From the many ideas Chris had developed over the years, the first to materialize was the so-called protractor. This ingenious device does what its name implies - help fine-tune the various angles whereby a cartridge can and must be adjusted. Edward Barker penned a review of this device here. The protractor enjoyed great commercial success as an indispensable tool for anyone serious about vinyl. But Chris’s fertile mind wasn’t done. Other mechanical notions developed into his first turntable called the Twin. This was based on the form-follows-function maxim to result in a high-tech appearance of very beefy platter atop a plinth powered by an external motor. Intrinsic to it was the belief that all forms of sonic impacts should be absorbed. To this end Feickert designed a special mechanical anti resonance circuit or MARC. Though impressive in mass and effective in killing vibration, there remained room to push the same envelope.

Next came the Triple model, an even more impressive and elaborate design that could handle three arms and was powered by an adapted version of the Twin’s motor. In appearance the Triple followed the trend of miniaturized oil rigs as can be commonly found in most modern turntable catalogues. This trend caused Chris to rethink his designs in terms of cosmetics and utility.

On the drawing board next was a design with a more classic look to mirror the great tables of the past. A novel twist was a long and wide slot to accommodate an arm board that could be moved to accept tone arms of various lengths. Instead of an external motor pod, Chris envisioned an integral solution that would drive the platter by flat belt. One precious design trait of the Twin and Triple decks had to go though. It was not possible to incorporate the massive MARC circuit in a more classical design. An alternative was called for to fulfil the same function.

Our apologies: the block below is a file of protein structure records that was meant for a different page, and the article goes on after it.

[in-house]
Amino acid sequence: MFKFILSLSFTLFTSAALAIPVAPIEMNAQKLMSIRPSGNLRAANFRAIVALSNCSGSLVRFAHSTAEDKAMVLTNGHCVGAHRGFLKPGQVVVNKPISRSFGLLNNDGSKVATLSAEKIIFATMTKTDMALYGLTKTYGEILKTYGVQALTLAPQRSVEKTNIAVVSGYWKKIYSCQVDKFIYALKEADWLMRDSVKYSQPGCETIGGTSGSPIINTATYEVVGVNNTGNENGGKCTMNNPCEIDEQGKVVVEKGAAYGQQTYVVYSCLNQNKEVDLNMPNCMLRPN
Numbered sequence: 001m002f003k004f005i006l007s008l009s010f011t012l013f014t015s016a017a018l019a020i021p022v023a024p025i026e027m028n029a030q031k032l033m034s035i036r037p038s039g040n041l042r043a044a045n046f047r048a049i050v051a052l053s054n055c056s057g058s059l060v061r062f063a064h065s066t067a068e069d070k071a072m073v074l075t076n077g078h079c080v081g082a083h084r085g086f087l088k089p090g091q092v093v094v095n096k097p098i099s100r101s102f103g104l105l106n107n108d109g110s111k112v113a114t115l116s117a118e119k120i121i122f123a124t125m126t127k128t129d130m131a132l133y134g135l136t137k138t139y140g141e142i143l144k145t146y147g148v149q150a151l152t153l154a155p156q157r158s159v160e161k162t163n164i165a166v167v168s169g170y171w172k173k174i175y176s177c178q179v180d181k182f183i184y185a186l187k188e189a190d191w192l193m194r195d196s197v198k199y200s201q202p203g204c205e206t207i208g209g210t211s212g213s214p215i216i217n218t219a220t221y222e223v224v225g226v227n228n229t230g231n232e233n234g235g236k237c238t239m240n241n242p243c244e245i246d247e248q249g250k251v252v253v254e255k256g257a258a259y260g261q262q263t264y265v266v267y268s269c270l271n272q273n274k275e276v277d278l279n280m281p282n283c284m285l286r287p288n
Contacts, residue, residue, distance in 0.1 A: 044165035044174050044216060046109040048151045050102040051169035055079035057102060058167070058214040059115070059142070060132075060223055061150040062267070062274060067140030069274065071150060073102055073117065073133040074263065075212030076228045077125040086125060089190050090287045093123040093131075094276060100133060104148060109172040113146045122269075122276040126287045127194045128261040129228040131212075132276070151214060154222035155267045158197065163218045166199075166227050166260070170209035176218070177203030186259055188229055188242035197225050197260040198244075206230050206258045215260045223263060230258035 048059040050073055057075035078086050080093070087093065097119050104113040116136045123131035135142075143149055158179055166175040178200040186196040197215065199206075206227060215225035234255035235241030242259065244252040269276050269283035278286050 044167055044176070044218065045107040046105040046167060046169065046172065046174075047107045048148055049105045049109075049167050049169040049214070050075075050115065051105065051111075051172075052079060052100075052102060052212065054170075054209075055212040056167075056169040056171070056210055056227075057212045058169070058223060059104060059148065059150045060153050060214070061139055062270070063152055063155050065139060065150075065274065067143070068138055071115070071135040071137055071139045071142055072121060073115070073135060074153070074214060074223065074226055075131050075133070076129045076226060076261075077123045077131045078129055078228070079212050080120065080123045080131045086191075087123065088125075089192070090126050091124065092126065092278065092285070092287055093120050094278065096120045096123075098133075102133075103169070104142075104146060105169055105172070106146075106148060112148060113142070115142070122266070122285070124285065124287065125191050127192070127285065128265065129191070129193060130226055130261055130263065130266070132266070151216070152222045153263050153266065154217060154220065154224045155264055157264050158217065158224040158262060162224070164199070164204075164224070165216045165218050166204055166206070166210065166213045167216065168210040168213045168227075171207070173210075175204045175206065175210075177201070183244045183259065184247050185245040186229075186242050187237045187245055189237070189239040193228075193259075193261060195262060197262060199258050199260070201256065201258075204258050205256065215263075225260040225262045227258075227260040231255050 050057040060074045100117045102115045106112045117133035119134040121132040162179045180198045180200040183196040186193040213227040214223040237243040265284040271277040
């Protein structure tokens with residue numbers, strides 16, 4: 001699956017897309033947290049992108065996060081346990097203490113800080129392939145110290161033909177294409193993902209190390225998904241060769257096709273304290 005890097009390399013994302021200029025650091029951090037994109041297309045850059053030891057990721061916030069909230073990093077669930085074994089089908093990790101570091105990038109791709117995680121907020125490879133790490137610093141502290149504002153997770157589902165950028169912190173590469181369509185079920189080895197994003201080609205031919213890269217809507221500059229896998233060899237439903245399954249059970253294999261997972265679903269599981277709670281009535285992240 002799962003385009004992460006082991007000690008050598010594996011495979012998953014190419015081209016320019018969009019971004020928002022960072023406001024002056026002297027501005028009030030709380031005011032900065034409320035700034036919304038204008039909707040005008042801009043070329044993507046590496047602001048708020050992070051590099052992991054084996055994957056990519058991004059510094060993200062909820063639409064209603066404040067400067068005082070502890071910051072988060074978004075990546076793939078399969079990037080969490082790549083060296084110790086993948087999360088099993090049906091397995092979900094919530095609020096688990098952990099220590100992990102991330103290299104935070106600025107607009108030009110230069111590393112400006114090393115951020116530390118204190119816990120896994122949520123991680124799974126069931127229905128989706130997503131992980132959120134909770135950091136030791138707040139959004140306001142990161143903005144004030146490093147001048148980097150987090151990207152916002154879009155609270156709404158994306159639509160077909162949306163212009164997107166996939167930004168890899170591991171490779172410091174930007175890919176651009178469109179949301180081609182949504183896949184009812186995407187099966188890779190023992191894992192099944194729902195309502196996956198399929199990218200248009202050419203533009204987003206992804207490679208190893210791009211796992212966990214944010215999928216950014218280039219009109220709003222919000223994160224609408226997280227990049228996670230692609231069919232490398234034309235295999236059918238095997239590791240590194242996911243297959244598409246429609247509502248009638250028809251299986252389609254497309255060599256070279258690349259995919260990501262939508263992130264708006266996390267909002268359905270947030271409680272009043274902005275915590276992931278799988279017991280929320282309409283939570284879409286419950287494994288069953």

After much tinkering Chris happened upon a sandwich construction which bonds a heat and steam-treated massive block of MDF between two slabs of aluminum. This would become the base for the next generation of ‘classic’ decks. Many items from the big rigs transferred intact like the bearing and polyoxymethylene platter—a polymer plastic also know as Delrin—which mimics the features of the vinyl it’s supposed to spin.

The first of these models to leave the Feickert factory was the Woodpecker. This single arm/motor turntable was received well. The Blackbird followed. It incorporates many features of the Woodpecker but is now equipped with two motors and two arm slots. It was this model Chris took on the road to Holland and which now sat in its shipping box in our listening room.